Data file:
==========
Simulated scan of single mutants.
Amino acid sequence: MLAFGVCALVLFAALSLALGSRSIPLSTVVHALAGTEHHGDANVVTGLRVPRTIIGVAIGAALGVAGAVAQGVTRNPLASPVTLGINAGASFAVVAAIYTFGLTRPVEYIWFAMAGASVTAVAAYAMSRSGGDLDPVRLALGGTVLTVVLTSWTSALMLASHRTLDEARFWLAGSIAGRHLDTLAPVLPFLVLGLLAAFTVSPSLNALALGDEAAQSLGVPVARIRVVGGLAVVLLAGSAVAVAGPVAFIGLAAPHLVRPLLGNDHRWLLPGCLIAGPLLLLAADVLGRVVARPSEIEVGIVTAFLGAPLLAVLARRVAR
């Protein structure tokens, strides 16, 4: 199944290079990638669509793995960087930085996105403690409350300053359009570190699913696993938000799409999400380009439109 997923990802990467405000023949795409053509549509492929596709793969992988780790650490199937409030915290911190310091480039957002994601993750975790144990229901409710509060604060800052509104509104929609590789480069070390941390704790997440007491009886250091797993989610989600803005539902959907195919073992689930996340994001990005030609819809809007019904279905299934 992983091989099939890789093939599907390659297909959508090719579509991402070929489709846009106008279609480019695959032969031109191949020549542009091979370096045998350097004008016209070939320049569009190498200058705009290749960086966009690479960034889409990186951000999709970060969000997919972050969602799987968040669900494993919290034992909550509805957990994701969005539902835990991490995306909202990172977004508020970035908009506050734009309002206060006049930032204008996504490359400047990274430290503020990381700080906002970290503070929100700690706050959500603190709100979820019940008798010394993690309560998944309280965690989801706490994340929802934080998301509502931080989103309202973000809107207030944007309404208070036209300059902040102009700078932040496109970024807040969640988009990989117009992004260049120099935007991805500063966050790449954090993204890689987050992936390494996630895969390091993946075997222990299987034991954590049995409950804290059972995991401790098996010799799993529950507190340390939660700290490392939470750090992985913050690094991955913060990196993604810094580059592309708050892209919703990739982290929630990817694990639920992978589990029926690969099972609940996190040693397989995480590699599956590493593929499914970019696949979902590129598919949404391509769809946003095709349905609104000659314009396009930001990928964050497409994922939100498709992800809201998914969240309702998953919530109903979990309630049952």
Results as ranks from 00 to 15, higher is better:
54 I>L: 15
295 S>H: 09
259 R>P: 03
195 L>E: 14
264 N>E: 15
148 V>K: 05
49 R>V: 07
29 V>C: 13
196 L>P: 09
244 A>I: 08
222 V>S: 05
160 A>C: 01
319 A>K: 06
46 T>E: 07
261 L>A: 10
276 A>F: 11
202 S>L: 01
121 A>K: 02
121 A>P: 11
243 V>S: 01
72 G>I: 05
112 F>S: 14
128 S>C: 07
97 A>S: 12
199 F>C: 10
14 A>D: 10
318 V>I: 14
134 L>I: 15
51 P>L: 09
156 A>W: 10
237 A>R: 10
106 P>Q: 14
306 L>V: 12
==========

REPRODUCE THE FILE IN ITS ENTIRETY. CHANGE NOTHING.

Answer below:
Simulated scan of single mutants.
Amino acid sequence: MLAFGVCALVLFAALSLALGSRSIPLSTVVHALAGTEHHGDANVVTGLRVPRTIIGVAIGAALGVAGAVAQGVTRNPLASPVTLGINAGASFAVVAAIYTFGLTRPVEYIWFAMAGASVTAVAAYAMSRSGGDLDPVRLALGGTVLTVVLTSWTSALMLASHRTLDEARFWLAGSIAGRHLDTLAPVLPFLVLGLLAAFTVSPSLNALALGDEAAQSLGVPVARIRVVGGLAVVLLAGSAVAVAGPVAFIGLAAPHLVRPLLGNDHRWLLPGCLIAGPLLLLAADVLGRVVARPSEIEVGIVTAFLGAPLLAVLARRVAR
């Protein structure tokens, strides 16, 4: 199944290079990638669509793995960087930085996105403690409350300053359009570190699913696993938000799409999400380009439109 997923990802990467405000023949795409053509549509492929596709793969992988780790650490199937409030915290911190310091480039957002994601993750975790144990229901409710509060604060800052509104509104929609590789480069070390941390704790997440007491009886250091797993989610989600803005539902959907195919073992689930996340994001990005030609819809809007019904279905299934 992983091989099939890789093939599907390659297909959508090719579509991402070929489709846009106008279609480019695959032969031109191949020549542009091979370096045998350097004008016209070939320049569009190498200058705009290749960086966009690479960034889409990186951000999709970060969000997919972050969602799987968040669900494993919290034992909550509805957990994701969005539902835990991490995306909202990172977004508020970035908009506050734009309002206060006049930032204008996504490359400047990274430290503020990381700080906002970290503070929100700690706050959500603190709100979820019940008798010394993690309560998944309280965690989801706490994340929802934080998301509502931080989103309202973000809107207030944007309404208070036209300059902040102009700078932040496109970024807040969640988009990989117009992004260049120099935007991805500063966050790449954090993204890689987050992936390494996630895969390091993946075997222990299987034991954590049995409950804290059972995991401790098996010799799993529950507190340390939660700290490392939470750090992985913050690094991955913060990196993604810094580059592309708050892209919703990739982290929630990817694990639920992978589990029926690969099972609940996190040693397989995480590699599956590493593929499914970019696949979902590129598919949404391509769809946003095709349905609104000659314009396009930001990928964050497409994922939100498709992800809201998914969240309702998953919530109903979990309630049952």
Results as ranks from 00 to 15, higher is better:
54 I>L: 15
295 S>H: 09
259 R>P: 03
195 L>E: 14
264 N>E: 15
148 V>K: 05
49 R>V: 07
29 V>C: 13
196 L>P: 09
244 A>I: 08
222 V>S: 05
160 A>C: 01
319 A>K: 06
46 T>E: 07
261 L>A: 10
276 A>F: 11
202 S>L: 01
121 A>K: 02
121 A>P: 11
243 V>S: 01
72 G>I: 05
112 F>S: 14
128 S>C: 07
97 A>S: 12
199 F>C: 10
14 A>D: 10
318 V>I: 14
134 L>I: 15
51 P>L: 09
156 A>W: 10
237 A>R: 10
106 P>Q: 14
306 L>V: 12